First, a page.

Call for Sessions: 12th Annual Diagnostic Error in Medicine Conference

November 10-13, 2019 | Hyatt Regency Washington on Capitol Hill

Workshop Guidelines | Abstract Guidelines

Join us in the Nation's Capitol for the Society to Improve Diagnosis in Medicine (SIDM)'s 12th International Diagnostic Error in Medicine Conference (DEM2019). We will come together to showcase developments in the field of diagnostic quality and safety, and focus on the unique role of public policy in driving advances in research, quality improvement, and medical education.

This year's theme is: Shaping Policy, Improving Practice.

DEM2019 brings together physicians, patients, nurses, healthcare professionals, researchers, institutional leaders, policymakers, educators, students, and residents to highlight and share recent innovations to improve the diagnostic process.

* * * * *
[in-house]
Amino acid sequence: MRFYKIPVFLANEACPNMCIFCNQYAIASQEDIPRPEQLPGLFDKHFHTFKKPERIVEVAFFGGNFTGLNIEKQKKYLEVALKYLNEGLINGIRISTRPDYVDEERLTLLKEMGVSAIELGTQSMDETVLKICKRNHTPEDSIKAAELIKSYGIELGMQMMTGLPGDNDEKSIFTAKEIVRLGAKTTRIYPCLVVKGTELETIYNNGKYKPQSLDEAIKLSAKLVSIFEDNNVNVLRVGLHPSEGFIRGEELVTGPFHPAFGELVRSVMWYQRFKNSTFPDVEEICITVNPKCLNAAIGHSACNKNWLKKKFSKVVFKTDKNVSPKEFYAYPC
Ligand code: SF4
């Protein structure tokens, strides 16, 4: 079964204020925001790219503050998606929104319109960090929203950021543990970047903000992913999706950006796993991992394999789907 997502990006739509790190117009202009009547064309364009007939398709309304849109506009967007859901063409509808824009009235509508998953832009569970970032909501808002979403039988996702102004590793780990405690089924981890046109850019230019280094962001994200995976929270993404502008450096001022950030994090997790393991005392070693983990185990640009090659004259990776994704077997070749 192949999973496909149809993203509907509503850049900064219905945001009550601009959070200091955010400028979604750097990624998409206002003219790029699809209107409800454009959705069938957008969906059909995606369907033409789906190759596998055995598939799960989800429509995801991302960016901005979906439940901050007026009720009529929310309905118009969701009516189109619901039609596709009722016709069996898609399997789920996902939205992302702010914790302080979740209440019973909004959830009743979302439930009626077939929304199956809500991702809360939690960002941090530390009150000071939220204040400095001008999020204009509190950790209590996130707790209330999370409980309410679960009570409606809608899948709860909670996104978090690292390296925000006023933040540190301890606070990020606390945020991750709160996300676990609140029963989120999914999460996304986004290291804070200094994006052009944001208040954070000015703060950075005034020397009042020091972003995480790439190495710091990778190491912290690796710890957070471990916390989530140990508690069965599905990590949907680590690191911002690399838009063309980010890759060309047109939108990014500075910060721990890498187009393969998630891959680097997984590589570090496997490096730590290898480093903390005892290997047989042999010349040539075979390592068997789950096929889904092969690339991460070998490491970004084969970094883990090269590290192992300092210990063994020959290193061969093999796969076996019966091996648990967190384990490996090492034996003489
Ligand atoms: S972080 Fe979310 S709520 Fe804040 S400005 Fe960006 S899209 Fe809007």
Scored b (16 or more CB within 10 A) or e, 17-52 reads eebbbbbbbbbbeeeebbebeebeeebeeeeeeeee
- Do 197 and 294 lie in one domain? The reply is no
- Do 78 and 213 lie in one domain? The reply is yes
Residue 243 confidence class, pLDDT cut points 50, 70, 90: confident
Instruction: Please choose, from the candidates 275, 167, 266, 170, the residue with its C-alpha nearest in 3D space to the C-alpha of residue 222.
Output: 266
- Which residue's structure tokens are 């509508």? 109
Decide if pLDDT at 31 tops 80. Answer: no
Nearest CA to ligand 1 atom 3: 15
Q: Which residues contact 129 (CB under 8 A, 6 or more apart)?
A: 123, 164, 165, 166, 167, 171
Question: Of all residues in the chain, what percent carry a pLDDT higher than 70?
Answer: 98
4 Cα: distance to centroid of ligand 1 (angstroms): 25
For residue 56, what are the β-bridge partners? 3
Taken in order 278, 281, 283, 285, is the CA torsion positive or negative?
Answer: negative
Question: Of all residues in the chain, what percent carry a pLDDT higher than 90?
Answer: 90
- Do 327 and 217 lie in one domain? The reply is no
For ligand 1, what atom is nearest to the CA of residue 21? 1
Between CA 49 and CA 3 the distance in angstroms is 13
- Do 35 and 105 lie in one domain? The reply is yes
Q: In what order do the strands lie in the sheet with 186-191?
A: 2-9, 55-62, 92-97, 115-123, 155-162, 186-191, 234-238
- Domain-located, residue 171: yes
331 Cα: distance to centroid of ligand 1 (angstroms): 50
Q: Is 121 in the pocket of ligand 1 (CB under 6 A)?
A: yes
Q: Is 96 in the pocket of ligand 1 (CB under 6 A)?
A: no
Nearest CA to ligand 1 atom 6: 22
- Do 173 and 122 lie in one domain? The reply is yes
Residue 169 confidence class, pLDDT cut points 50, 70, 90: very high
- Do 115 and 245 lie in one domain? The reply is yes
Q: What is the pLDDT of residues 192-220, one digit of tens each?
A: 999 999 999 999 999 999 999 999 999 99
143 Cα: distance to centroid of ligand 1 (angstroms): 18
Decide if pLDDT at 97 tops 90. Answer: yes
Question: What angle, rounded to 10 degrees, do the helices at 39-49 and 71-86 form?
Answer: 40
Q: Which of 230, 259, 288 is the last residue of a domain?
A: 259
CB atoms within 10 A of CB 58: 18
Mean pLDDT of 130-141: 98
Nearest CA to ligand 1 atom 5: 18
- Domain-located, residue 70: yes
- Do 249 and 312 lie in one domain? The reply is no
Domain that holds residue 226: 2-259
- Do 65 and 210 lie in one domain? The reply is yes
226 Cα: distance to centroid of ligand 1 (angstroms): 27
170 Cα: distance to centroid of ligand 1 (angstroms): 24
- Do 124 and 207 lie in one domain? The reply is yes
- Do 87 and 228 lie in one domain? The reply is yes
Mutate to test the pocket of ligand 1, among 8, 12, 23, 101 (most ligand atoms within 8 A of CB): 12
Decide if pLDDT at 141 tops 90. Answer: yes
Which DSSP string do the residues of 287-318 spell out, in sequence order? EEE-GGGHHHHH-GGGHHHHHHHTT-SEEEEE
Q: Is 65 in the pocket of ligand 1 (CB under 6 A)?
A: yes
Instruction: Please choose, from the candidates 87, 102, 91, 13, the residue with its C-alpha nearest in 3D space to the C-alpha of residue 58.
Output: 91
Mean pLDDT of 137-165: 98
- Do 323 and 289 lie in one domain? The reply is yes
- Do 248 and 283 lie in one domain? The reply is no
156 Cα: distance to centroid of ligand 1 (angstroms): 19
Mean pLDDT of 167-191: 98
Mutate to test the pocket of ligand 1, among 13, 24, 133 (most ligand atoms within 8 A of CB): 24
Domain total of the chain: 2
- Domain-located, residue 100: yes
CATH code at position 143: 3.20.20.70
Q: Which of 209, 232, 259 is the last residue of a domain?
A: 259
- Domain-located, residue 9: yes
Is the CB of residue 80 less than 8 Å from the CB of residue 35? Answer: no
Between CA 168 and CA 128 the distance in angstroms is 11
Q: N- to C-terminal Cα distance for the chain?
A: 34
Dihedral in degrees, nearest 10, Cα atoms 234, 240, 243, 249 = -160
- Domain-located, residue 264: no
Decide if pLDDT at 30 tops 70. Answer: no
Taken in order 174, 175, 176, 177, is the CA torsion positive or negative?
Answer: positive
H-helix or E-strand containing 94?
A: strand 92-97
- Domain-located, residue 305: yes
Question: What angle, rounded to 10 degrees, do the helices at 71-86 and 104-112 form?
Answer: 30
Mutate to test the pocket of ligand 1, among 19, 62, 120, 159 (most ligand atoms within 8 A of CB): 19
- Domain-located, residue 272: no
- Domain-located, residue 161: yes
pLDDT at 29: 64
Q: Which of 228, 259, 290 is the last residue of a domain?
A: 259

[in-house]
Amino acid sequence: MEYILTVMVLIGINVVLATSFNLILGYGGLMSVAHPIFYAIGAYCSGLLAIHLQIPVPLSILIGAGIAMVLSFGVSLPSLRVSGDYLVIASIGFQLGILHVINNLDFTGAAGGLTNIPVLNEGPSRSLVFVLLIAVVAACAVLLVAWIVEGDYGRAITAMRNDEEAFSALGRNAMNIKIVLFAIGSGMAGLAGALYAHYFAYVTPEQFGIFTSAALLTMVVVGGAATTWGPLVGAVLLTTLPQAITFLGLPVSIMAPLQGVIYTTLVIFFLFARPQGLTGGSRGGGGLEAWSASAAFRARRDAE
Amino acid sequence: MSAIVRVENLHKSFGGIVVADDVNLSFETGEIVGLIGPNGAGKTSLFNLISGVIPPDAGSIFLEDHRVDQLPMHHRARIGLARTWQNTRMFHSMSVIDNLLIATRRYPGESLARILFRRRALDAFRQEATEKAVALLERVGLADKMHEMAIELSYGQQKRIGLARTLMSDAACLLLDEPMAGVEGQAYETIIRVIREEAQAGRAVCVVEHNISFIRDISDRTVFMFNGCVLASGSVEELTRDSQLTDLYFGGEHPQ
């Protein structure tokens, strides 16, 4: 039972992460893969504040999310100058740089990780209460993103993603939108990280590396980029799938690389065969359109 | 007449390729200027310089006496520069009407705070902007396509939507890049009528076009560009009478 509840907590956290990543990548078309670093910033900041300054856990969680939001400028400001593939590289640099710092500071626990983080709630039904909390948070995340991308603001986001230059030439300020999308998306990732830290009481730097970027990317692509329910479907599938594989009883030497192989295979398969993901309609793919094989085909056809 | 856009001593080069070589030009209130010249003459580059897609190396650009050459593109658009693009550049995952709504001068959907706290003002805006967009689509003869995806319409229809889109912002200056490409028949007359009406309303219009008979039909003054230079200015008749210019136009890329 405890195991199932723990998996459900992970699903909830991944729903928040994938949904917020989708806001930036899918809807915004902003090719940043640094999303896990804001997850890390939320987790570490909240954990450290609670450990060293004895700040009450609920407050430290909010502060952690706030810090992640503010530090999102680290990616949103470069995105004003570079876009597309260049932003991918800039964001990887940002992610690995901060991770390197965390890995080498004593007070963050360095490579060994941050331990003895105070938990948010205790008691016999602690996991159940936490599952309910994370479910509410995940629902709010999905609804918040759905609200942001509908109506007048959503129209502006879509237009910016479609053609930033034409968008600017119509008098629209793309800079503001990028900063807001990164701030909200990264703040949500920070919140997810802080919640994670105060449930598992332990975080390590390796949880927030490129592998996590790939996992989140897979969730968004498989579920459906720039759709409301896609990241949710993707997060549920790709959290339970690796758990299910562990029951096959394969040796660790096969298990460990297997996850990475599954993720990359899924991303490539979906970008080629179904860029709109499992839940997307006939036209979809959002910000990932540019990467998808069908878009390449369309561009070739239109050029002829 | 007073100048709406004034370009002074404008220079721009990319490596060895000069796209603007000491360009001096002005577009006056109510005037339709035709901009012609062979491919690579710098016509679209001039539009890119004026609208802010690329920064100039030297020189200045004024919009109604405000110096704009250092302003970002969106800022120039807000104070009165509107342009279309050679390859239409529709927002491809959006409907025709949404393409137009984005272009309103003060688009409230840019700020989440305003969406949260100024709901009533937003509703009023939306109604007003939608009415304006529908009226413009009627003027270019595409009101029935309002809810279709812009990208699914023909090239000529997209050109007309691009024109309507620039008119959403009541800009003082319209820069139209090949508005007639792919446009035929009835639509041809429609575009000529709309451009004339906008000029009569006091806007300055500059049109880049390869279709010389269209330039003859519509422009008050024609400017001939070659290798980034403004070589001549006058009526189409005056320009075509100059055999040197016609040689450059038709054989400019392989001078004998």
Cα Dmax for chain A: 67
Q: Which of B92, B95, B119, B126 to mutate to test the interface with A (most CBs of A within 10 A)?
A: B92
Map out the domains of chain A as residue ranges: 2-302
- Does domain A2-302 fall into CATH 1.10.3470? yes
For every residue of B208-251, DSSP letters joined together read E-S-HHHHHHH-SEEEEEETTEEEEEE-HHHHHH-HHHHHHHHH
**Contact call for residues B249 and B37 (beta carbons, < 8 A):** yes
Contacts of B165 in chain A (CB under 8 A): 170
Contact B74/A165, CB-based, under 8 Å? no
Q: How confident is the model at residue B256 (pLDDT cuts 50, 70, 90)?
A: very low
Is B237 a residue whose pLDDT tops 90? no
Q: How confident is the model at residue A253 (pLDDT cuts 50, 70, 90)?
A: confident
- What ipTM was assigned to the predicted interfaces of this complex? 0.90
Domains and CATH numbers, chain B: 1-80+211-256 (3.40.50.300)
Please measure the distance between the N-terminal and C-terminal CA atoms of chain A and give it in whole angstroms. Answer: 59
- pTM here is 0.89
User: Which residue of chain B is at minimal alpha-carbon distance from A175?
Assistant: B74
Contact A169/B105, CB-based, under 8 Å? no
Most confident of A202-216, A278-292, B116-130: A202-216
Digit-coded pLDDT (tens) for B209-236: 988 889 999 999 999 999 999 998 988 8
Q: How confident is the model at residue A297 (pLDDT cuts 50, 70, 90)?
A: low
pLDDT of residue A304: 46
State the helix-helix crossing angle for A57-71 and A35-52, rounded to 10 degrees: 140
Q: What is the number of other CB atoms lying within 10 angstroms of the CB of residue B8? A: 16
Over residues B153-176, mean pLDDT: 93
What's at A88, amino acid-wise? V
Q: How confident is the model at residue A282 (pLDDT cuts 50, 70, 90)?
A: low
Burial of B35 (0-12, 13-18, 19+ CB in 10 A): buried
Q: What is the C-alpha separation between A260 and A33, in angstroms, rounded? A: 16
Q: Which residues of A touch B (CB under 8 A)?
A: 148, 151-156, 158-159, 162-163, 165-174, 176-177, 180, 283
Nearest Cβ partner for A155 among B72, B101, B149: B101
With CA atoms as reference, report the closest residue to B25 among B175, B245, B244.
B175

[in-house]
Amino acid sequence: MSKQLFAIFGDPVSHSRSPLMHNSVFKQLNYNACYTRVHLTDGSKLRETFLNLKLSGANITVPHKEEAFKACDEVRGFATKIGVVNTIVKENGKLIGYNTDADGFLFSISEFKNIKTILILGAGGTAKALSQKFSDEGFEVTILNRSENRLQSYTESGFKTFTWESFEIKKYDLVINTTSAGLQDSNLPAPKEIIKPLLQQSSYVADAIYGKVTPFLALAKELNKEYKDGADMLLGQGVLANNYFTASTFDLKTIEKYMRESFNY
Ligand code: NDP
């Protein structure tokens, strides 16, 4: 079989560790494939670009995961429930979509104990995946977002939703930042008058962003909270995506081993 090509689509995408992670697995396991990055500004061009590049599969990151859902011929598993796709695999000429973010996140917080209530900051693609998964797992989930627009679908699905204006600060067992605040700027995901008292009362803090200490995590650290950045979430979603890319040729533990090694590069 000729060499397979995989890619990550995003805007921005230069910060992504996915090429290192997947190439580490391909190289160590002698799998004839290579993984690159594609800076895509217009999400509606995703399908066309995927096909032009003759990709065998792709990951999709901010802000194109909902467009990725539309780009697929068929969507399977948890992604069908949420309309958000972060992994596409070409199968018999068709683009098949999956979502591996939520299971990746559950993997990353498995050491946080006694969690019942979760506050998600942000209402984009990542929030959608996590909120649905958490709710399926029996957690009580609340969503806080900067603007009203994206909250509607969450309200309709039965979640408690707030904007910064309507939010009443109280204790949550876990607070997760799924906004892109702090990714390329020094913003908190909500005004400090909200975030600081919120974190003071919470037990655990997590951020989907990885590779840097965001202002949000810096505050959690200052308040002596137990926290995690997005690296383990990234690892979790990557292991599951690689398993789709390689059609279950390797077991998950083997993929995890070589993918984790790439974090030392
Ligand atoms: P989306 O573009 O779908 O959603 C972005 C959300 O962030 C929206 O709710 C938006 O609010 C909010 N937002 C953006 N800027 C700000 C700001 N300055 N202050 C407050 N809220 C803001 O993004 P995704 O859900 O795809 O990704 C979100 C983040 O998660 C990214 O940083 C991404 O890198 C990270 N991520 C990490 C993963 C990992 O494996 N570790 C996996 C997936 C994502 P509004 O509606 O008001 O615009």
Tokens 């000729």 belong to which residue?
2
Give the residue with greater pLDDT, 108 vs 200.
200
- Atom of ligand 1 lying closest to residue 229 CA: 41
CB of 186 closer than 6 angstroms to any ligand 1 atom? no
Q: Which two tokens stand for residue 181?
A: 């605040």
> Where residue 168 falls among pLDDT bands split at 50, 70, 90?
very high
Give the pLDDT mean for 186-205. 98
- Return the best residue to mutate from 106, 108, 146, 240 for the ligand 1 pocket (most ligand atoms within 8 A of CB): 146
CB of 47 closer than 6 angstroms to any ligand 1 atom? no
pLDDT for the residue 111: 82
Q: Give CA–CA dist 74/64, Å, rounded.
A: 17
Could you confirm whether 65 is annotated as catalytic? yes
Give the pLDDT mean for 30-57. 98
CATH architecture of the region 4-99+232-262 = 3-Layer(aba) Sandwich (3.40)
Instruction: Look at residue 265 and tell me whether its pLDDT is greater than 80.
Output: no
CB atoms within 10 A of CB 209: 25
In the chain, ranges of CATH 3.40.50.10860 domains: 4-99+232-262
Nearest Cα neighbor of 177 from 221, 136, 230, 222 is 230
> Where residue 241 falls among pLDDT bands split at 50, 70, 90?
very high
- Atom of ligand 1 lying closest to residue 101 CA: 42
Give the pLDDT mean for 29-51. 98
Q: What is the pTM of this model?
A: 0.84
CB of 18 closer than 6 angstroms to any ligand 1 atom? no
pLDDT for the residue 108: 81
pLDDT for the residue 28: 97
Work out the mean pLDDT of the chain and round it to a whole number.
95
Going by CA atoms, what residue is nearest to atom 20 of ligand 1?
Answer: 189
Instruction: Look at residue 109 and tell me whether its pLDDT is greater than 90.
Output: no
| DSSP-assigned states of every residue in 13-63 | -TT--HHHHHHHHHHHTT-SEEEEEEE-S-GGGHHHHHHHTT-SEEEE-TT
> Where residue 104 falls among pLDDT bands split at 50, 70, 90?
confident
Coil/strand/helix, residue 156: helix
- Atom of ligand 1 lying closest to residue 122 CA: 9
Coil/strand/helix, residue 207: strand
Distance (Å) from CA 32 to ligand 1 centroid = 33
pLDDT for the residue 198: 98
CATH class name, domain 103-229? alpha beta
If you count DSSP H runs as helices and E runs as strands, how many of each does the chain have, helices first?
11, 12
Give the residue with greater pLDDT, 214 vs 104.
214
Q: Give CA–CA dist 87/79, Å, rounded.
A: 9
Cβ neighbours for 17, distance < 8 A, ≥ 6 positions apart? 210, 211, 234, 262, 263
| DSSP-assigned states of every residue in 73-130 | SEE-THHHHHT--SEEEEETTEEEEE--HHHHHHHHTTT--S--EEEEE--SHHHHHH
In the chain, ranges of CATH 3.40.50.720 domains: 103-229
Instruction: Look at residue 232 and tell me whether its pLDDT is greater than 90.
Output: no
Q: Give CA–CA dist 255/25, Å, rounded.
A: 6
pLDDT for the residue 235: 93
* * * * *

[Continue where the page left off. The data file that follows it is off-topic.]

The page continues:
The DEM2019 Program Planning Committee seeks submissions for:

  • high quality interactive conference workshops (submission deadline April 30, 2019) and
  • scientific, education, clinical vignette, or practice improvement abstract proposals (submission deadline June 14, 2019)

Workshop and abstract submissions should contribute to and advance the field of diagnostic quality and be relevant to SIDM's Strategic Priorities. DEM2019 is a self-accredited Patients Included conference and we are especially interested in innovative, patient-centered workshops and abstracts that are co-developed and delivered with patients and family members.

All accepted presenters will be required to register for DEM2019.